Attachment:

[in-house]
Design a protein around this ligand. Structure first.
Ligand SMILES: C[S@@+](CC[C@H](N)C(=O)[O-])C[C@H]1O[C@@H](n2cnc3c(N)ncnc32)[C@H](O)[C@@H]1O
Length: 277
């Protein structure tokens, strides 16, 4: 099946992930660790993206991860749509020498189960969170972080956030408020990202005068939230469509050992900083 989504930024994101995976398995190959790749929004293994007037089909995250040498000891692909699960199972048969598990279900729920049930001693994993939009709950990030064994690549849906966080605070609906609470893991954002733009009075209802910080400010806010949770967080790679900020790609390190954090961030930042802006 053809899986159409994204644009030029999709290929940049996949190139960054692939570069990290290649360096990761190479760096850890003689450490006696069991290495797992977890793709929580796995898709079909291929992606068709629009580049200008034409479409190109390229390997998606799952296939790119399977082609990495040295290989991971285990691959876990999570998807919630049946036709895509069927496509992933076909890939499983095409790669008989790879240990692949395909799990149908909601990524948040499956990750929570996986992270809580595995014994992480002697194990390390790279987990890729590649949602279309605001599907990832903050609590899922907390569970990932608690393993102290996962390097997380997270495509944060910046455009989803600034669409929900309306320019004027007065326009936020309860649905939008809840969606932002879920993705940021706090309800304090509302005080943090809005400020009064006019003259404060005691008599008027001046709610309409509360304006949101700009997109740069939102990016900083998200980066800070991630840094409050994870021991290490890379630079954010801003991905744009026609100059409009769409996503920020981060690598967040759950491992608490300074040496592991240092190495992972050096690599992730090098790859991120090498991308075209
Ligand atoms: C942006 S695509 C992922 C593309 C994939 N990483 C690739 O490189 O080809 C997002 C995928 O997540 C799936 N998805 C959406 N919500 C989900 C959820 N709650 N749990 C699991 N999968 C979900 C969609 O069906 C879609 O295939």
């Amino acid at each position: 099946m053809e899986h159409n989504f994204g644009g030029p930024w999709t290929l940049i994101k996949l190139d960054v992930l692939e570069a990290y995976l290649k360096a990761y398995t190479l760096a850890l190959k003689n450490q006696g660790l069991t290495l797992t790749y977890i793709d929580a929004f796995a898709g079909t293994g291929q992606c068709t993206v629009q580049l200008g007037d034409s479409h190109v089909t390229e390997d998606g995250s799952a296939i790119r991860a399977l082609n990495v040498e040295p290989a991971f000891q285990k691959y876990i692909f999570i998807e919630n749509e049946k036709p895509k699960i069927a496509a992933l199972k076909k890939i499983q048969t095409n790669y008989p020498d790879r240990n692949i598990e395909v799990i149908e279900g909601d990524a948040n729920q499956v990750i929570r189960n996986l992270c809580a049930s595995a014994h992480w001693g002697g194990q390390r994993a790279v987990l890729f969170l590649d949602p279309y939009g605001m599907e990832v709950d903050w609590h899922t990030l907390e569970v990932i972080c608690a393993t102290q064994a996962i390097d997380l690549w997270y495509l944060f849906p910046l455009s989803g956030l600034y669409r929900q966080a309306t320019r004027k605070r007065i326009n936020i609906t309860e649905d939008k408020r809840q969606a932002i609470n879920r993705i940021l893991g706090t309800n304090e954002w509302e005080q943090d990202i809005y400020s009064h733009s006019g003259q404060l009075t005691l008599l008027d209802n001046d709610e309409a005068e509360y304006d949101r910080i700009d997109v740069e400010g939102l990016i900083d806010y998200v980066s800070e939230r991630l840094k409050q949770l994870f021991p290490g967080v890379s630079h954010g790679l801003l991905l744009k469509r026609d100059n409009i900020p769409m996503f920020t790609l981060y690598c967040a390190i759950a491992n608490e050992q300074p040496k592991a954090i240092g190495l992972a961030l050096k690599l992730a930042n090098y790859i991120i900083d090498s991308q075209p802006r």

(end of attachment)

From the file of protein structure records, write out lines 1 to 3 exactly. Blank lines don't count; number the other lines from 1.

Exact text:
[in-house]
Design a protein around this ligand. Structure first.
Ligand SMILES: C[S@@+](CC[C@H](N)C(=O)[O-])C[C@H]1O[C@@H](n2cnc3c(N)ncnc32)[C@H](O)[C@@H]1O